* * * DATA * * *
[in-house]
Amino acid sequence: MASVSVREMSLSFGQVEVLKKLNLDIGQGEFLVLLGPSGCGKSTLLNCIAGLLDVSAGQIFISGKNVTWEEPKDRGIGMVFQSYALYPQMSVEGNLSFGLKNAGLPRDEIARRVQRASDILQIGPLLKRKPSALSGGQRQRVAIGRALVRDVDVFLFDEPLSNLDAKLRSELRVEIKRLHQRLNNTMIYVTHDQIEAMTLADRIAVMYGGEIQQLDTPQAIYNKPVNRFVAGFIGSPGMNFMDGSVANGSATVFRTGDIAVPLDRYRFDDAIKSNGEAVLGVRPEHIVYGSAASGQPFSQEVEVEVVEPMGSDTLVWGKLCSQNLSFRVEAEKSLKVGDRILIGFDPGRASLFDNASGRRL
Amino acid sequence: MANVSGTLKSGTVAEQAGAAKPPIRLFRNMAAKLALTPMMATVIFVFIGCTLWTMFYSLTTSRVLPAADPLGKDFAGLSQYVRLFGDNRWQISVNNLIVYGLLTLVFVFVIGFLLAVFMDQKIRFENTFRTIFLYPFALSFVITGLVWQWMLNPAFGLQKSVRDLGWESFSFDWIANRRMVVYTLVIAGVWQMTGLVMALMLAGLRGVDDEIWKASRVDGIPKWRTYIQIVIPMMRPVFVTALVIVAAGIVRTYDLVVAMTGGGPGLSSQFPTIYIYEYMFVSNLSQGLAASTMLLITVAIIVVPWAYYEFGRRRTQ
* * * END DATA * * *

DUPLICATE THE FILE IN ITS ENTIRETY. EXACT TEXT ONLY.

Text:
[in-house]
Amino acid sequence: MASVSVREMSLSFGQVEVLKKLNLDIGQGEFLVLLGPSGCGKSTLLNCIAGLLDVSAGQIFISGKNVTWEEPKDRGIGMVFQSYALYPQMSVEGNLSFGLKNAGLPRDEIARRVQRASDILQIGPLLKRKPSALSGGQRQRVAIGRALVRDVDVFLFDEPLSNLDAKLRSELRVEIKRLHQRLNNTMIYVTHDQIEAMTLADRIAVMYGGEIQQLDTPQAIYNKPVNRFVAGFIGSPGMNFMDGSVANGSATVFRTGDIAVPLDRYRFDDAIKSNGEAVLGVRPEHIVYGSAASGQPFSQEVEVEVVEPMGSDTLVWGKLCSQNLSFRVEAEKSLKVGDRILIGFDPGRASLFDNASGRRL
Amino acid sequence: MANVSGTLKSGTVAEQAGAAKPPIRLFRNMAAKLALTPMMATVIFVFIGCTLWTMFYSLTTSRVLPAADPLGKDFAGLSQYVRLFGDNRWQISVNNLIVYGLLTLVFVFVIGFLLAVFMDQKIRFENTFRTIFLYPFALSFVITGLVWQWMLNPAFGLQKSVRDLGWESFSFDWIANRRMVVYTLVIAGVWQMTGLVMALMLAGLRGVDDEIWKASRVDGIPKWRTYIQIVIPMMRPVFVTALVIVAAGIVRTYDLVVAMTGGGPGLSSQFPTIYIYEYMFVSNLSQGLAASTMLLITVAIIVVPWAYYEFGRRRTQ